While the functional points are written in Java, the test case is written in an XML scripting language. Seemingly unrelated functional points can be tied together in one or more sessions with minimal effort with the scripting language, . A tester with a limited programming background can develop the functional points and a tester with no programming knowledge can then group those functional points into a test case.
Testing a functional point is not as simple as just running one test against it. Usually a functional point has rules and boundaries that define failures and successes. With Jameleon, test cases can be data-driven. For each row of data, the test case is executed once and it isn't successful unless each row of data passes. For example, testing a "change email" functional point can't be done with one test. A valid email address adheres to several restrictions. For example, it can't have spaces, quotes, colons, etc in it. The only way to test the "change email" functional point, would be to run the same test case multiple times, each time with a different email address that has a different invalid character in it. Jameleon does this without requiring the script to be changed in any way. In fact, a test case can be run by using a data file or by defining a single set of variables right in the test case itself.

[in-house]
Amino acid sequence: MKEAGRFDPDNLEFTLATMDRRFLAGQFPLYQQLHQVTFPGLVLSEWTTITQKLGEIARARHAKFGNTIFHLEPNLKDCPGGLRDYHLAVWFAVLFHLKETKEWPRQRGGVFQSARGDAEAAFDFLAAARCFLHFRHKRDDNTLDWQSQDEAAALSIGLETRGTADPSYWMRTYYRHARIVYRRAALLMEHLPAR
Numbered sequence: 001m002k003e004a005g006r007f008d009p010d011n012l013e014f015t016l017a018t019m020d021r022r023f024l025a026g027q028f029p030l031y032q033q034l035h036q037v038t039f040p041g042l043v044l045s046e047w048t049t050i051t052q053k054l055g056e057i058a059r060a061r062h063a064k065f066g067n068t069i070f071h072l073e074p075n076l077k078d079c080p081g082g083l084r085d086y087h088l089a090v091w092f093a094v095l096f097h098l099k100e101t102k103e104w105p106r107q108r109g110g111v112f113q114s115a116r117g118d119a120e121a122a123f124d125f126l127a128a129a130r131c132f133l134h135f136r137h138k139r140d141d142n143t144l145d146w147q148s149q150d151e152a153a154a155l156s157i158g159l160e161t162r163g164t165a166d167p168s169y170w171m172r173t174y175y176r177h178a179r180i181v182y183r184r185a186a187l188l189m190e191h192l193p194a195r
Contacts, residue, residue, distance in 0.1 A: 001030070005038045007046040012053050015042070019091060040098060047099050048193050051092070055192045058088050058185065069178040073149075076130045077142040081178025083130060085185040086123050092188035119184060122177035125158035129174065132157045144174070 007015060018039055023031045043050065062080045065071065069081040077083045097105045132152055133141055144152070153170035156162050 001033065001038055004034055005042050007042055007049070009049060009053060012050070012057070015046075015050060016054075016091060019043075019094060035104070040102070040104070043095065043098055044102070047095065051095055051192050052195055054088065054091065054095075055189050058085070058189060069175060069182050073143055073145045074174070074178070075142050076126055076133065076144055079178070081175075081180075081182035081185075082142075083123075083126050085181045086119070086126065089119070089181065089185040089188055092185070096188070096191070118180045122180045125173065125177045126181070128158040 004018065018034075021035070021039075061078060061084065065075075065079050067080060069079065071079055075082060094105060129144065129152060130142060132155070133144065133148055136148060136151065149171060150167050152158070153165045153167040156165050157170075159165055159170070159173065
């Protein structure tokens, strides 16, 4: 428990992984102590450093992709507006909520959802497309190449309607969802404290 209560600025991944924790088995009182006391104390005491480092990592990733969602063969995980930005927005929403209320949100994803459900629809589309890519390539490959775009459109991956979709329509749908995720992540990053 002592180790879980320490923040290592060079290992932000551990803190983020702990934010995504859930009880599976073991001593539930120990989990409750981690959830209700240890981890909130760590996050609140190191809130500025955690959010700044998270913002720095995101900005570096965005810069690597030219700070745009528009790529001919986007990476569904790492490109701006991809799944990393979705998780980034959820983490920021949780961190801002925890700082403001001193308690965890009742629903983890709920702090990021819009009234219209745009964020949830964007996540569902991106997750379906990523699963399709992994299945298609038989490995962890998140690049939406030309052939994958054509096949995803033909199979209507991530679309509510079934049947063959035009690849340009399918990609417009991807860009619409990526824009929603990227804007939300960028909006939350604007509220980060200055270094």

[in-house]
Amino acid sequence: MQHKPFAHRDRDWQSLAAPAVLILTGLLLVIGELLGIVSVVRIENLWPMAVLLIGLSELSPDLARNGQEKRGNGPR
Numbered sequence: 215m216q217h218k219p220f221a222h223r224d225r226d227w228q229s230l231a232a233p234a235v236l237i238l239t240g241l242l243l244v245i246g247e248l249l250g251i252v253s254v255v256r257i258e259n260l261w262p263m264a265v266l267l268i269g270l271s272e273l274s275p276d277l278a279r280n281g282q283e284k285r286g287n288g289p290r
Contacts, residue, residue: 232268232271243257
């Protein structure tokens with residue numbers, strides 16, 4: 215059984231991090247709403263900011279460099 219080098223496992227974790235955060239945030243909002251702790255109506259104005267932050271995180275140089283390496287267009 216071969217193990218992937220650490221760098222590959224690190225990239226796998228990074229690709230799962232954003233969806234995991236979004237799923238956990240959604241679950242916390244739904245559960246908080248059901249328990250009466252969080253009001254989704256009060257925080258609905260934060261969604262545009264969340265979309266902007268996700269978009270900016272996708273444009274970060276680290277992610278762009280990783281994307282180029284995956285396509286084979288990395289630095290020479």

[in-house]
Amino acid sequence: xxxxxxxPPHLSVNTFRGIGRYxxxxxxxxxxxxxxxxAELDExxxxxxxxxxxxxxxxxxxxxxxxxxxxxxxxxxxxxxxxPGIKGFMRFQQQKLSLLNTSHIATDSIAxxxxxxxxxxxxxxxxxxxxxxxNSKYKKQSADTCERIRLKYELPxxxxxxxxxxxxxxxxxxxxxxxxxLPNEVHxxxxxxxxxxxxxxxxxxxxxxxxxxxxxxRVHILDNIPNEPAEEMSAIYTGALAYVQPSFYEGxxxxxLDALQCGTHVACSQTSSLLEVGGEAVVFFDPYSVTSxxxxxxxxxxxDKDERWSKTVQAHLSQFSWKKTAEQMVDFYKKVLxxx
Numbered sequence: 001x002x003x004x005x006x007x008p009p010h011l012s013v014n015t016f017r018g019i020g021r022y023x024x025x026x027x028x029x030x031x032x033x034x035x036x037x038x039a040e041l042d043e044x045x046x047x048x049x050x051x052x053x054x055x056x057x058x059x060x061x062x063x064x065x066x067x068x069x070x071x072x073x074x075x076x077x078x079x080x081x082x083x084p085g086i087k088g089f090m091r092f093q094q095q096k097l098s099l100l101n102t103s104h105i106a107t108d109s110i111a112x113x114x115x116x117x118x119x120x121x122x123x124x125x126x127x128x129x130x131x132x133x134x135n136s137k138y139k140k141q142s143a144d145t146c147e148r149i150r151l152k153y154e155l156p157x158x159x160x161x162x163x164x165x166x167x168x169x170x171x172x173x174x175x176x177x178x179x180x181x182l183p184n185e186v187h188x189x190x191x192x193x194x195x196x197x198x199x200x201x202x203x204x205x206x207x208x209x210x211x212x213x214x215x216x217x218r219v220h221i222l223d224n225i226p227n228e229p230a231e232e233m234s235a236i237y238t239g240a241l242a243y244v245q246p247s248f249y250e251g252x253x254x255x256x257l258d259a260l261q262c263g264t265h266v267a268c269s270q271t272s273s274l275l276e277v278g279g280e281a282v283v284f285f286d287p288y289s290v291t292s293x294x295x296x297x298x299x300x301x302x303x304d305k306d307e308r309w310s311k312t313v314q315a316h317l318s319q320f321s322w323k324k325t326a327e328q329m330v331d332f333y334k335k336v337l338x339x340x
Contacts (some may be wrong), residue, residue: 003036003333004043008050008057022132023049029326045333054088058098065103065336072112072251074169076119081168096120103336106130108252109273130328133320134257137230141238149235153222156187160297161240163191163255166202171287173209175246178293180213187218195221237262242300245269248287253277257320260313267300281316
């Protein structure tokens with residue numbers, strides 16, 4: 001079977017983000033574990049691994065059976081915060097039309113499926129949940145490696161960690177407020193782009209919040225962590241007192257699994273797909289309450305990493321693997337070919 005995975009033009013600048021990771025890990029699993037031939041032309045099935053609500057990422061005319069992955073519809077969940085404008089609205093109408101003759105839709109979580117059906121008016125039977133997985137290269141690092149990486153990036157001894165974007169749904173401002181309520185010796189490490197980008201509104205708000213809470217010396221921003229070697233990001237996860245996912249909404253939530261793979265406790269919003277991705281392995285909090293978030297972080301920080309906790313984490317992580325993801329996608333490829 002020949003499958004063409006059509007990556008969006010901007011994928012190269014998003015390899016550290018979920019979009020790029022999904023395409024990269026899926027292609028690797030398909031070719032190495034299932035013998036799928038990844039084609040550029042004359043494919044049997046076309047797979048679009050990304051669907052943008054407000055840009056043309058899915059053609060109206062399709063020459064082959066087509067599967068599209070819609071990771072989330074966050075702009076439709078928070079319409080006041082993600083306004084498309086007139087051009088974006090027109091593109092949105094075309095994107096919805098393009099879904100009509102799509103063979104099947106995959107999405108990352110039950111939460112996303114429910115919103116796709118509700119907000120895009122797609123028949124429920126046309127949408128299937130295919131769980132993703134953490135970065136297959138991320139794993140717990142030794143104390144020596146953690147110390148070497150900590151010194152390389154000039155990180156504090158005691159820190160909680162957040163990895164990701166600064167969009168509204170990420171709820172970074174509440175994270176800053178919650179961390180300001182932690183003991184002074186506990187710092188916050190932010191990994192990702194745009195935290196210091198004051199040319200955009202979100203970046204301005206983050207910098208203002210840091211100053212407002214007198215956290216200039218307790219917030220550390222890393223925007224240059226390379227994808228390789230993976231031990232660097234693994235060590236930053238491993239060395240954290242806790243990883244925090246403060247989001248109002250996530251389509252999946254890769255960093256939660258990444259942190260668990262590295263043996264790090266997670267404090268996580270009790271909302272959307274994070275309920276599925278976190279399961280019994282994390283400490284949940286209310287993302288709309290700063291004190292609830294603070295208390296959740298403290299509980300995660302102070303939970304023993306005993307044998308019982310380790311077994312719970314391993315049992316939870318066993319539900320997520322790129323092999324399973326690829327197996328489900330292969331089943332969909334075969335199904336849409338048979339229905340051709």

Sometimes the same application exists in multiple Organizations. The application deployed to different
organizations has the same functionality, except the application is customized for each organization
For example, a company owns several sites that each sell different products. The same application or
shopping cart exists on each of those sites, but the customer discounts are different. The only major
differences are simply the look and feel and the products sold on the sites.
Why write a separate test case for each site when the only difference is the data that is validated? In Jameleon, test cases can be scripted independent of an organization. The Organization is defined outside the test case and Jameleon can be told to run the Test Case against any of the organizations the test case is configured to run against.